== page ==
Intraoperative MRI-Guided Robotically-Steerable Needles

Achievement date: 

Researchers affiliated with the Center for Compact and Efficient Fluid Power (CCEFP), an NSF-funded Engineering Research Center (ERC) headquartered at the University of Minnesota, have developed a fluid powered actuator module that functions as a two-degree-of-freedom needle driver. The device is intrinsically safe and can be sterilized. 


This innovative actuator can enable intraoperative, robotically steerable needles guided by magnetic resonance imaging (MRI) machines. The device overcomes a technical barrier to using fluid power in MRI-guided surgical systems; that barrier was prior absence of commercial off-the-shelf fluid power actuators that are both safe and sterilizable.


Fluid power actuators (hydraulic and pneumatic) are well suited for electromagnetically sensitive environments like MRI machines. Researchers at Vanderbilt University and Milwaukee School of Engineering designed and built an additively manufactured pneumatic stepper actuator in which bellows directly translate and rotate the base of one tube of a steerable needle.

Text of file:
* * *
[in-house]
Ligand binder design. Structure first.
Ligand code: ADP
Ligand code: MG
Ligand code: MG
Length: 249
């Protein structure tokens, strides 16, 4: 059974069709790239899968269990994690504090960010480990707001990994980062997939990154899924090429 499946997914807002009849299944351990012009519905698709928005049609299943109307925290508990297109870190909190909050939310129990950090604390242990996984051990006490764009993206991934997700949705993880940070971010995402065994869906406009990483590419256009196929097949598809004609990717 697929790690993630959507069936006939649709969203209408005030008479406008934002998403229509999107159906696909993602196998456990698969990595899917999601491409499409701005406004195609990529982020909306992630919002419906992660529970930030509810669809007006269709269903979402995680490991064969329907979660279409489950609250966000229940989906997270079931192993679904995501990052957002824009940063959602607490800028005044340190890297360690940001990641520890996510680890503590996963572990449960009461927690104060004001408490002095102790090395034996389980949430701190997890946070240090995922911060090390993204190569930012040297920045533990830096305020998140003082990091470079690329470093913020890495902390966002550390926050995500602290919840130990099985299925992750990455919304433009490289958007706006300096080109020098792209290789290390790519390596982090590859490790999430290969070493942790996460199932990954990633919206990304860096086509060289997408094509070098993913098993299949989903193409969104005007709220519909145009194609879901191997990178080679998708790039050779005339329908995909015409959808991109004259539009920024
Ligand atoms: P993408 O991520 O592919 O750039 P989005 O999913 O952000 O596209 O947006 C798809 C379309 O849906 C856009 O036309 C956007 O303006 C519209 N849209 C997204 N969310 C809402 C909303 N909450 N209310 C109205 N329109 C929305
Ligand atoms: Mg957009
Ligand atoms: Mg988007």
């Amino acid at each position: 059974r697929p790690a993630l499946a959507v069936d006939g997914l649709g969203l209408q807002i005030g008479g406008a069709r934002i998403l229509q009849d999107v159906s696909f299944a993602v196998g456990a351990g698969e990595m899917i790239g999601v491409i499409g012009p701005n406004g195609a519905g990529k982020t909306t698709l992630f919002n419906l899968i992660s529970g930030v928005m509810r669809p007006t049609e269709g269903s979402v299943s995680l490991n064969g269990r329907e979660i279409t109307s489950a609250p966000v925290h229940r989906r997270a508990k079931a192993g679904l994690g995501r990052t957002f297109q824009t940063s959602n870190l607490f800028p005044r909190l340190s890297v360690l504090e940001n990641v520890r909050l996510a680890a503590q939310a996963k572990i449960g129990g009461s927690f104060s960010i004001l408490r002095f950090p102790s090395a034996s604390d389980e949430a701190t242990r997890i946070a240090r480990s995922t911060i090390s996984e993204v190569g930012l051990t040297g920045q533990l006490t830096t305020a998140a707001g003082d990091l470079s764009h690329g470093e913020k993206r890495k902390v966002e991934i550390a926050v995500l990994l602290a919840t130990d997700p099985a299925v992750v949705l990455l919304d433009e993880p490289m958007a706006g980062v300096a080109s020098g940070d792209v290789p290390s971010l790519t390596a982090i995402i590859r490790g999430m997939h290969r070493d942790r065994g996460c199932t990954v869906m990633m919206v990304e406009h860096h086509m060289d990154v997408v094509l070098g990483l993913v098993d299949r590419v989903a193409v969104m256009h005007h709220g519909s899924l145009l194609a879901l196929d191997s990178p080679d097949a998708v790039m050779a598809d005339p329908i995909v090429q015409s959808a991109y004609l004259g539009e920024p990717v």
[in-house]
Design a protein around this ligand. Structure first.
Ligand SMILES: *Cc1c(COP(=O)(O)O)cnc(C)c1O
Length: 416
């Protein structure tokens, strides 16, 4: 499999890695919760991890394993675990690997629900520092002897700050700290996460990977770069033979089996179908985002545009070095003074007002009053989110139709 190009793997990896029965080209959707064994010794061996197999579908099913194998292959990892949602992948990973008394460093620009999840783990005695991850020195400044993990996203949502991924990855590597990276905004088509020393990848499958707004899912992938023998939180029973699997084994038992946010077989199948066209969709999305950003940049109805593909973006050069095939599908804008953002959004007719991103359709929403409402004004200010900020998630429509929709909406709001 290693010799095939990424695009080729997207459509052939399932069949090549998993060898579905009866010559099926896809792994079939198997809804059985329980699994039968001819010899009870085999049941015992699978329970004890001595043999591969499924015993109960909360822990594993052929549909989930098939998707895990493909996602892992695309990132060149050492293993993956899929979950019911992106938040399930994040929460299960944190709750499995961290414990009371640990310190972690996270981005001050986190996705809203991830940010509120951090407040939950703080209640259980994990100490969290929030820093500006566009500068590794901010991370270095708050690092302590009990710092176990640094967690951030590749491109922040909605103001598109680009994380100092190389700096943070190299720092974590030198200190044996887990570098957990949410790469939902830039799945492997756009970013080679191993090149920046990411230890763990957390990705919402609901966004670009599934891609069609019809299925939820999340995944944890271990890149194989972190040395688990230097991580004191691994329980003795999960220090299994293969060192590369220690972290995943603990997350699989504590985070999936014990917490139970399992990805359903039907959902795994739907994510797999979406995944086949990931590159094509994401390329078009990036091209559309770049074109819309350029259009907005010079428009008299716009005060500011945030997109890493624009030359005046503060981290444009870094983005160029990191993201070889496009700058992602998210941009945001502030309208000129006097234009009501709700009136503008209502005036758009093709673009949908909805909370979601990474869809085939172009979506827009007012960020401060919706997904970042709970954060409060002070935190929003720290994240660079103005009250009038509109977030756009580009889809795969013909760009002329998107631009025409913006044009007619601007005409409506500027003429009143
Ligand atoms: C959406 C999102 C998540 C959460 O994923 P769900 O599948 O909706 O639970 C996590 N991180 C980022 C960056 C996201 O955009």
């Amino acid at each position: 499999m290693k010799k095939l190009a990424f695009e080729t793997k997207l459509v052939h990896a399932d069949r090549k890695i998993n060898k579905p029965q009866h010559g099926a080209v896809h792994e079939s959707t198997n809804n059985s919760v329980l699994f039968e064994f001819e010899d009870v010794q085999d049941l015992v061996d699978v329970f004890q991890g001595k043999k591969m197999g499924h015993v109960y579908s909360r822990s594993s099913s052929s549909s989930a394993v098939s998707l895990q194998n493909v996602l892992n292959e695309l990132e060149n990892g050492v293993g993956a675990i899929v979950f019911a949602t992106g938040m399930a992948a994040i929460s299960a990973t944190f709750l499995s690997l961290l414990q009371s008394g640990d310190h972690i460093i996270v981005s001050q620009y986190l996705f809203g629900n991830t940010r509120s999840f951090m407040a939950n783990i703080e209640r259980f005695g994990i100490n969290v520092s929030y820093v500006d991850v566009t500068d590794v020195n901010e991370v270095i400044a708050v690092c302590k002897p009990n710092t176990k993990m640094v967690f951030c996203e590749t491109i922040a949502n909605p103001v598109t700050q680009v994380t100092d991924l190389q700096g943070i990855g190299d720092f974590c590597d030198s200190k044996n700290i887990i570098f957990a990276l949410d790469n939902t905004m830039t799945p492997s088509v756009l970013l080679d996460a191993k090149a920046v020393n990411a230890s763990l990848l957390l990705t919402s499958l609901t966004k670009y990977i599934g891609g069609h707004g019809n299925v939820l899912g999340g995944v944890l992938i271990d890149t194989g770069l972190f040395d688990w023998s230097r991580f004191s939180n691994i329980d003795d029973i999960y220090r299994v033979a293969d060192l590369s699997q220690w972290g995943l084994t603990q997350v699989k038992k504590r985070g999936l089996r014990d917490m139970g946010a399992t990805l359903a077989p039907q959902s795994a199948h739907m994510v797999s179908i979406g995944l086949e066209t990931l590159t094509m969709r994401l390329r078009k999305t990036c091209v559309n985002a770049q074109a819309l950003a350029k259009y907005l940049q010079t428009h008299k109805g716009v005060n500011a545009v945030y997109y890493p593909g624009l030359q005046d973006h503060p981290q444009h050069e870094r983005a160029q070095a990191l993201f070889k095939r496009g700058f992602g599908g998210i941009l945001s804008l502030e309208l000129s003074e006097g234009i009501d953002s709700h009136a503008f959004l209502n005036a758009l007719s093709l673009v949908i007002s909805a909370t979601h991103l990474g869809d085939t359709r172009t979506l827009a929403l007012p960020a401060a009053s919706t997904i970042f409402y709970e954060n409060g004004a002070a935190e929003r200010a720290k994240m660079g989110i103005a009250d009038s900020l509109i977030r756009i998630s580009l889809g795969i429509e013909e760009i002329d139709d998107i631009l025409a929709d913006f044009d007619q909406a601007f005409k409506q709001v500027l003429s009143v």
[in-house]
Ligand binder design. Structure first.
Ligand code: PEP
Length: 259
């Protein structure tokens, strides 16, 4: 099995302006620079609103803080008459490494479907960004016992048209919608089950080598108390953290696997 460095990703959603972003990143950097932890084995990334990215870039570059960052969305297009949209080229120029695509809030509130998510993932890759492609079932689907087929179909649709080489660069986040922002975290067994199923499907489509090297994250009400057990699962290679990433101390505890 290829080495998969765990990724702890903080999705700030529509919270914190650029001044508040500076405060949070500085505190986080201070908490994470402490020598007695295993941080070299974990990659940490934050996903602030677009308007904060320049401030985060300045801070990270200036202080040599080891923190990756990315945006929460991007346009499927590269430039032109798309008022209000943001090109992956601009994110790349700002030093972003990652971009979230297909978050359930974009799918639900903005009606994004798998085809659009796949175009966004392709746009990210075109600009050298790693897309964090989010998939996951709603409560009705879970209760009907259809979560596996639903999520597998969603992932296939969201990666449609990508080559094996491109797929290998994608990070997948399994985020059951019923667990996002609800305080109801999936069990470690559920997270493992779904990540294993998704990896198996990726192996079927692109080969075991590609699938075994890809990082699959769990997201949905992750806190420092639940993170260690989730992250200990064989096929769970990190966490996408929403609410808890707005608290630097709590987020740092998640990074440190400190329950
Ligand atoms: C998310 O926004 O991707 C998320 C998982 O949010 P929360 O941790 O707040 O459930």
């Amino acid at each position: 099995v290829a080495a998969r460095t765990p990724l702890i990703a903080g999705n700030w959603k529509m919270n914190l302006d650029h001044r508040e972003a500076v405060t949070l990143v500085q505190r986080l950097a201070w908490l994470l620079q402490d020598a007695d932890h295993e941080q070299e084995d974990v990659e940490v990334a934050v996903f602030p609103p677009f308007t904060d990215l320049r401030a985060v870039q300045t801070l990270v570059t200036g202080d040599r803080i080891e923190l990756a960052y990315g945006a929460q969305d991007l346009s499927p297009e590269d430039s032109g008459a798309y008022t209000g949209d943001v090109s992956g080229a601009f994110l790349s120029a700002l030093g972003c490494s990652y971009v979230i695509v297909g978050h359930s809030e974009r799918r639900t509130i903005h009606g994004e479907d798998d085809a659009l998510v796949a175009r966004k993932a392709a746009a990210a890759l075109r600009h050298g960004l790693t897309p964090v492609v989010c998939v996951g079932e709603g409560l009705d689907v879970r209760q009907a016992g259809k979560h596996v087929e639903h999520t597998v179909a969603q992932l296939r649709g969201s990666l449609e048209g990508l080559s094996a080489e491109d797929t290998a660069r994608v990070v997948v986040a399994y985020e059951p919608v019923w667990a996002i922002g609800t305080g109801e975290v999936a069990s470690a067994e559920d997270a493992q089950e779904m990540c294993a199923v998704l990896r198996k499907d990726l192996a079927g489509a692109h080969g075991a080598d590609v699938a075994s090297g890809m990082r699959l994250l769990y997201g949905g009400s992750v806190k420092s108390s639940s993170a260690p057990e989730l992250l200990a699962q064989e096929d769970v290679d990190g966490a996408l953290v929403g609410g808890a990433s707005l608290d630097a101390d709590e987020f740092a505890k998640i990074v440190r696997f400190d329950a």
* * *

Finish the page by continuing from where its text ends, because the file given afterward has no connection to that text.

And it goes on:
The design uses corrugated diaphragm theory, one helix-shaped bellows, and one toroid-shaped bellows to provide pure rotation and pure translation, respectively. Several of these modules can be cascaded together as a complete actuation unit for steerable needles comprising multiple, concentric tubes.

For needle tip translations and rotations, mechanical stops limit the bellows’ movements to maximum unplanned step sizes of 0.5 mm and 0.5 degrees, which are acceptably safe in the event of a system failure. Additively manufactured by laser sintering of nylon powder, the prototype device is compact and hermetically sealed for sterilizability.


The linear bellows produced peak forces of 7.4 lbf and -6.0 lbf for needle insertion and retraction, respectively, and the rotary bellows produced peak torques of ±0.60 lbf-in. A precision, sub-step controller allows translations and rotations less than full step increments; steady-state errors of 0.013 mm and 0.29 degrees were achieved with the prototype (see figure).